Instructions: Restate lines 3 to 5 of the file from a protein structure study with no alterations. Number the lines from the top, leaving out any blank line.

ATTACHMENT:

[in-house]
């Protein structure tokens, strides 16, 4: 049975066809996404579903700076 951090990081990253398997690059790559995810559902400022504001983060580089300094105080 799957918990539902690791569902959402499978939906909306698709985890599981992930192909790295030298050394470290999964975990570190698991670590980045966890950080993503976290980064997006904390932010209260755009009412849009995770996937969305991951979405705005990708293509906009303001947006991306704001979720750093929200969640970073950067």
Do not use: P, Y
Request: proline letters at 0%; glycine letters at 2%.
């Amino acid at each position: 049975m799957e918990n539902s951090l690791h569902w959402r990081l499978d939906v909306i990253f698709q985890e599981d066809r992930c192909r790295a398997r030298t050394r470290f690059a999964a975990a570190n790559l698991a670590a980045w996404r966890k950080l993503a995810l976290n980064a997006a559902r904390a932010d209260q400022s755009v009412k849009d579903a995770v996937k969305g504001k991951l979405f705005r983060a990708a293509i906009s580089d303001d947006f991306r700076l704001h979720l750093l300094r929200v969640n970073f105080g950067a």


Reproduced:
Do not use: P, Y
Request: proline letters at 0%; glycine letters at 2%.
């Amino acid at each position: 049975m799957e918990n539902s951090l690791h569902w959402r990081l499978d939906v909306i990253f698709q985890e599981d066809r992930c192909r790295a398997r030298t050394r470290f690059a999964a975990a570190n790559l698991a670590a980045w996404r966890k950080l993503a995810l976290n980064a997006a559902r904390a932010d209260q400022s755009v009412k849009d579903a995770v996937k969305g504001k991951l979405f705005r983060a990708a293509i906009s580089d303001d947006f991306r700076l704001h979720l750093l300094r929200v969640n970073f105080g950067a």